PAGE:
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Re: Pathological allocation pattern with direct IO

To: Jan Kara <jack@xxxxxxx>
Subject: Re: Pathological allocation pattern with direct IO
From: Ben Myers <bpm@xxxxxxx>
Date: Wed, 6 Mar 2013 16:01:55 -0600
Cc: xfs@xxxxxxxxxxx
Delivered-to: xfs@xxxxxxxxxxx
In-reply-to: <20130306202210.GA1318@xxxxxxxxxxxxx>
References: <20130306202210.GA1318@xxxxxxxxxxxxx>
User-agent: Mutt/1.5.20 (2009-06-14)
Hi Jan,

On Wed, Mar 06, 2013 at 09:22:10PM +0100, Jan Kara wrote:
>   one of our customers has application that write large (tens of GB) files
> using direct IO done in 16 MB chunks. They keep the fs around 80% full
> deleting oldest files when they need to store new ones. Usually the file
> can be stored in under 10 extents but from time to time a pathological case
> is triggered and the file has few thousands extents (which naturally has
> impact on performance). The customer actually uses 2.6.32-based kernel but
> I reproduced the issue with 3.8.2 kernel as well.
> 
> I was analyzing why this happens and the filefrag for the file looks like:
> Filesystem type is: 58465342
> File size of /raw_data/ex.20130302T121135/ov.s1a1.wb is 186294206464
> (45481984 blocks, blocksize 4096)
>  ext logical physical expected length flags
>    0       0       13          4550656
>    1 4550656 188136807  4550668 12562432
>    2 17113088 200699240 200699238 622592
>    3 17735680 182046055 201321831   4096
>    4 17739776 182041959 182050150   4096
>    5 17743872 182037863 182046054   4096
>    6 17747968 182033767 182041958   4096
>    7 17752064 182029671 182037862   4096
> ...
> 6757 45400064 154381644 154389835   4096
> 6758 45404160 154377548 154385739   4096
> 6759 45408256 252951571 154381643  73728 eof
> /raw_data/ex.20130302T121135/ov.s1a1.wb: 6760 extents found
> 
> So we see that at one moment, the allocator starts giving us 16 MB chunks
> backwards. This seems to be caused by XFS_ALLOCTYPE_NEAR_BNO allocation. For
> two cases I was able to track down the logic:
> 
> 1) We start allocating blocks for file. We want to allocate in the same AG
> as the inode is. First we try exact allocation which fails so we try
> XFS_ALLOCTYPE_NEAR_BNO allocation which finds large enough free extent
> before the inode. So we start allocating 16 MB chunks from the end of that
> free extent. From this moment on we are basically bound to continue
> allocating backwards using XFS_ALLOCTYPE_NEAR_BNO allocation until we
> exhaust the whole free extent.
> 
> 2) Similar situation happens when we cannot further grow current extent but
> there is large free space somewhere before this extent in the AG.
> 
> So I was wondering is this known? Is XFS_ALLOCTYPE_NEAR_BNO so beneficial
> it outweights pathological cases like the above? Or shouldn't it maybe be
> disabled for larger files or for direct IO?

I believe we've seen something similar to #2 before:

# xfs_bmap -v /data/dbench.dat
/data/dbench.dat:
  EXT: FILE-OFFSET               BLOCK-RANGE              AG AG-OFFSET          
        TOTAL FLAGS
    0: [0..150994943]:           2343559168..2494554111    5 (2048..150996991)  
    150994944 00011
    1: [150994944..468582399]:   2494556160..2812143615    5 
(150999040..468586495) 317587456 00011
    2: [468582400..670957567]:   3078479872..3280855039    6 
(266211328..468586495) 202375168 00011
    3: [670957568..671088639]:   3078346752..3078477823    6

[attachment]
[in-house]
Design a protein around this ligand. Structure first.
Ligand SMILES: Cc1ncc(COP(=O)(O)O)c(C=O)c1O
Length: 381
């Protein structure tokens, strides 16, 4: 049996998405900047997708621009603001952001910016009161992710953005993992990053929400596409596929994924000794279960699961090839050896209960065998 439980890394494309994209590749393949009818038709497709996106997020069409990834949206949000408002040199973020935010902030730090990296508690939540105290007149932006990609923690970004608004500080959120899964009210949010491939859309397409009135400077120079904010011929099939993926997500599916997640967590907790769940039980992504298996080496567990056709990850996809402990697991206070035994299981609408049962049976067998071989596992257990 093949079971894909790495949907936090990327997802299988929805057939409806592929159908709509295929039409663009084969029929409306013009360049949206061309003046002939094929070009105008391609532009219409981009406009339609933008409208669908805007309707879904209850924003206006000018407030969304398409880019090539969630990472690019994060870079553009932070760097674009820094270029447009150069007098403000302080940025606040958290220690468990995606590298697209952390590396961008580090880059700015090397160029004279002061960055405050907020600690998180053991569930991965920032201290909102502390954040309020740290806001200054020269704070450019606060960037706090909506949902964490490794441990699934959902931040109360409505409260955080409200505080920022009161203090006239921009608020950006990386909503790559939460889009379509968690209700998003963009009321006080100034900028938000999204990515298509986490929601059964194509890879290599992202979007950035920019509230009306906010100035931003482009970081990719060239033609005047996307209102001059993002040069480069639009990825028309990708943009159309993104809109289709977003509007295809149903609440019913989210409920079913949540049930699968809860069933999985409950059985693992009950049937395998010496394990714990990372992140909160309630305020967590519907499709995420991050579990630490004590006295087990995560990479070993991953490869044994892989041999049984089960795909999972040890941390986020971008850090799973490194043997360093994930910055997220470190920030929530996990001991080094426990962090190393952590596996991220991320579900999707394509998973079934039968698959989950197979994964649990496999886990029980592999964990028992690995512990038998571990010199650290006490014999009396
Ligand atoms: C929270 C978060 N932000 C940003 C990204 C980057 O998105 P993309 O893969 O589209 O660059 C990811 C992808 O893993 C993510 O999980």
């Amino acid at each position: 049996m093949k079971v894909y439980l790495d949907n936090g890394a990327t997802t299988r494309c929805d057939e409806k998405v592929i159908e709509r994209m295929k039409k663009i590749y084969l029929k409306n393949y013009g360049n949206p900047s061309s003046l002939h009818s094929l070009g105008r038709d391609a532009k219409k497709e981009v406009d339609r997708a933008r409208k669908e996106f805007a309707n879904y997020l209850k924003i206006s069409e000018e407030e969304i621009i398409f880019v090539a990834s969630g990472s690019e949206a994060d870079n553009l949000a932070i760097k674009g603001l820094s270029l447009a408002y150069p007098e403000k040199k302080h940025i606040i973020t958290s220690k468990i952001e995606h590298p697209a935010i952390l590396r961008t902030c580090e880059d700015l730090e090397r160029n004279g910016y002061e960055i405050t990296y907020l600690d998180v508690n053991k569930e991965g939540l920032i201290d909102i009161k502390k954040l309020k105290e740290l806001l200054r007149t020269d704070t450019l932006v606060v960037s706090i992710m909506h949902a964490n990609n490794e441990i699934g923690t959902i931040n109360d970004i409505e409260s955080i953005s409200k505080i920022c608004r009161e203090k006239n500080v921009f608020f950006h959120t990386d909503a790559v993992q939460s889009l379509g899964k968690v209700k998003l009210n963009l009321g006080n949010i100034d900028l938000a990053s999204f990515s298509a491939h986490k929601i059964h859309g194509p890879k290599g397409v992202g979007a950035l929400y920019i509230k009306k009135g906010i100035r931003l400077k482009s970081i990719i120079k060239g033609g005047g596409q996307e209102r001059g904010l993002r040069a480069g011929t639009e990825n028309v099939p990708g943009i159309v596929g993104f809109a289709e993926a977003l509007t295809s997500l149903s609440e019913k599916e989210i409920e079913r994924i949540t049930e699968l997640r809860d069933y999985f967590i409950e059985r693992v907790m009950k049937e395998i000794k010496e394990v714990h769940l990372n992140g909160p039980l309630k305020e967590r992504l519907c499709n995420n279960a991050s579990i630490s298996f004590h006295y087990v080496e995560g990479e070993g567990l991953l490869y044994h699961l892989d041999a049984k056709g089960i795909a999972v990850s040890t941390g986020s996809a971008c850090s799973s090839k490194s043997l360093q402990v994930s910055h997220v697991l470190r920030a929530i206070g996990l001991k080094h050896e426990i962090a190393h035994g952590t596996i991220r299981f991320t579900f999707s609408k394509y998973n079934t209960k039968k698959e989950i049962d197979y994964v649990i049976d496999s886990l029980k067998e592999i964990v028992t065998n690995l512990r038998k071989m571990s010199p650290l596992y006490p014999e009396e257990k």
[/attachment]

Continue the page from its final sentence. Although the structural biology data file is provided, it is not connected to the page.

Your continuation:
(266078208..266209279)    131072 00011
    4: [671088640..671219711]:   3078215680..3078346751    6 
(265947136..266078207)    131072 00011
    5: [671219712..671350783]:   3078084608..3078215679    6 
(265816064..265947135)    131072 00011
    6: [671350784..671481855]:   3077953536..3078084607    6 
(265684992..265816063)    131072 00011
    7: [671481856..671612927]:   3077822464..3077953535    6 
(265553920..265684991)    131072 00011
    8: [671612928..671743999]:   3077691392..3077822463    6 
(265422848..265553919)    131072 00011
    9: [671744000..671875071]:   3077560320..3077691391    6 
(265291776..265422847)    131072 00011
...
2040: [4216979456..4502192127]: 6562093056..6847305727   14 (133120..285345791) 
   285212672 00011
2041: [4502192128..4685430783]: 6847307776..7030546431   14 
(285347840..468586495) 183238656 00011
2042: [4685430784..4876402687]: 9183129600..9374101503   19 
(277612544..468584447) 190971904 00011
2043: [4876402688..5344985087]: 9374230528..9842812927   20 (2048..468584447)   
   468582400 00011
2044: [5344985088..5813567487]: 9842941952..10311524351  21 (2048..468584447)   
   468582400 00011
2045: [5813567488..6282149887]: 10311653376..10780235775 22 (2048..468584447)   
   468582400 00011
2046: [6282149888..6750732287]: 10780364800..11248947199 23 (2048..468584447)   
   468582400 00011
2047: [6750732288..6767501311]: 11249076224..11265845247 24 (2048..16771071)    
    16769024 00011
2048: [6767501312..7219314687]: 11265845248..11717658623 24 
(16771072..468584447)  451813376 00011
2049: [7219314688..7687766015]: 11717918720..12186370047 25 (133120..468584447) 
   468451328
2050: [7687766016..8156348415]: 12186499072..12655081471 26 (2048..468584447)   
   468582400 00011
2051: [8156348416..8449425407]: 12655210496..12948287487 27 (2048..293079039)   
   293076992 00011

In this case, the allocation in AG 6 starts near the middle of the AG and runs
through the end.  At that point we began to march backward through the AG until
it was exhausted.  Not ideal.  Maybe it would be better if
XFS_ALLOCTYPE_NEAR_BNO would move on to the next AG if it reached the end of
the current one.  We need to be careful though.  What is good for this workload
may have unintended consequences for another.

Could you post geometry information for the filesystem in question?
xfs_growfs -n /dev/sda

Thanks,
Ben

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